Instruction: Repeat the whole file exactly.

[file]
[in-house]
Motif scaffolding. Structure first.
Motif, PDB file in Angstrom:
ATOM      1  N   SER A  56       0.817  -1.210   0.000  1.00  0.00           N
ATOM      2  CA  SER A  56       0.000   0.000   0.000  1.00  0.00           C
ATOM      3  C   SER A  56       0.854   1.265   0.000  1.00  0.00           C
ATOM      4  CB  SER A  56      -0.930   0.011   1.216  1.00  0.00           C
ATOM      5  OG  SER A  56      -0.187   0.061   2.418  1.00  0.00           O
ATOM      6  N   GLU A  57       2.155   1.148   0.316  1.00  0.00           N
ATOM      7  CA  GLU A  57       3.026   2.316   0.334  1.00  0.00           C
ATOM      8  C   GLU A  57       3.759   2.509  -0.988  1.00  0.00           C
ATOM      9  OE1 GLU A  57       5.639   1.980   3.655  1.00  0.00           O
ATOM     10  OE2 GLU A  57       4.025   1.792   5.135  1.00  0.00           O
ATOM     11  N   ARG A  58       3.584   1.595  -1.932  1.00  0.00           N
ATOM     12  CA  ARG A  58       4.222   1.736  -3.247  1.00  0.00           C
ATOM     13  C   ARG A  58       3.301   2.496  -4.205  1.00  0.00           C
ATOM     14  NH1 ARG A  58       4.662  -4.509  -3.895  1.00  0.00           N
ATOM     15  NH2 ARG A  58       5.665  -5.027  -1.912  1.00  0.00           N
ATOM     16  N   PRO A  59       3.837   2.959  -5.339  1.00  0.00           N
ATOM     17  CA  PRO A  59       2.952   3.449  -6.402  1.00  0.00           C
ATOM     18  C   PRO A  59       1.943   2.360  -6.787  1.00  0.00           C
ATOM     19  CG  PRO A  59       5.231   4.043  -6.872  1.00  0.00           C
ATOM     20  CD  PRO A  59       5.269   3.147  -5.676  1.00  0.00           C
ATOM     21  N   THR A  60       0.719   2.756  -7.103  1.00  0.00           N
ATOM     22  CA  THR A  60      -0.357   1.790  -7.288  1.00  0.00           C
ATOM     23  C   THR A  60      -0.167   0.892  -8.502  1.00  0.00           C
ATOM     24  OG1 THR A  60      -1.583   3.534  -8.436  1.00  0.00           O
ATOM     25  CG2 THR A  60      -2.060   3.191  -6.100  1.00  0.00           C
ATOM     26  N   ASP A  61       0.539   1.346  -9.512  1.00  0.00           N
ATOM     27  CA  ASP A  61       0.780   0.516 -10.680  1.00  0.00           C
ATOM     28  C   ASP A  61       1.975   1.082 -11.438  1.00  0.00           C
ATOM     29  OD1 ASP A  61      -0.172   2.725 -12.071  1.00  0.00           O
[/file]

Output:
[in-house]
Motif scaffolding. Structure first.
Motif, PDB file in Angstrom:
ATOM      1  N   SER A  56       0.817  -1.210   0.000  1.00  0.00           N
ATOM      2  CA  SER A  56       0.000   0.000   0.000  1.00  0.00           C
ATOM      3  C   SER A  56       0.854   1.265   0.000  1.00  0.00           C
ATOM      4  CB  SER A  56      -0.930   0.011   1.216  1.00  0.00           C
ATOM      5  OG  SER A  56      -0.187   0.061   2.418  1.00  0.00           O
ATOM      6  N   GLU A  57       2.155   1.148   0.316  1.00  0.00           N
ATOM      7  CA  GLU A  57       3.026   2.316   0.334  1.00  0.00           C
ATOM      8  C   GLU A  57       3.759   2.509  -0.988  1.00  0.00           C
ATOM      9  OE1 GLU A  57       5.639   1.980   3.655  1.00  0.00           O
ATOM     10  OE2 GLU A  57       4.025   1.792   5.135  1.00  0.00           O
ATOM     11  N   ARG A  58       3.584   1.595  -1.932  1.00  0.00           N
ATOM     12  CA  ARG A  58       4.222   1.736  -3.247  1.00  0.00           C
ATOM     13  C   ARG A  58       3.301   2.496  -4.205  1.00  0.00           C
ATOM     14  NH1 ARG A  58       4.662  -4.509  -3.895  1.00  0.00           N
ATOM     15  NH2 ARG A  58       5.665  -5.027  -1.912  1.00  0.00           N
ATOM     16  N   PRO A  59       3.837   2.959  -5.339  1.00  0.00           N
ATOM     17  CA  PRO A  59       2.952   3.449  -6.402  1.00  0.00           C
ATOM     18  C   PRO A  59       1.943   2.360  -6.787  1.00  0.00           C
ATOM     19  CG  PRO A  59       5.231   4.043  -6.872  1.00  0.00           C
ATOM     20  CD  PRO A  59       5.269   3.147  -5.676  1.00  0.00           C
ATOM     21  N   THR A  60       0.719   2.756  -7.103  1.00  0.00           N
ATOM     22  CA  THR A  60      -0.357   1.790  -7.288  1.00  0.00           C
ATOM     23  C   THR A  60      -0.167   0.892  -8.502  1.00  0.00           C
ATOM     24  OG1 THR A  60      -1.583   3.534  -8.436  1.00  0.00           O
ATOM     25  CG2 THR A  60      -2.060   3.191  -6.100  1.00  0.00           C
ATOM     26  N   ASP A  61       0.539   1.346  -9.512  1.00  0.00           N
ATOM     27  CA  ASP A  61       0.780   0.516 -10.680  1.00  0.00           C
ATOM     28  C   ASP A  61       1.975   1.082 -11.438  1.00  0.00           C
ATOM     29  OD1 ASP A  61      -0.172   2.725 -12.071  1.00  0.00           O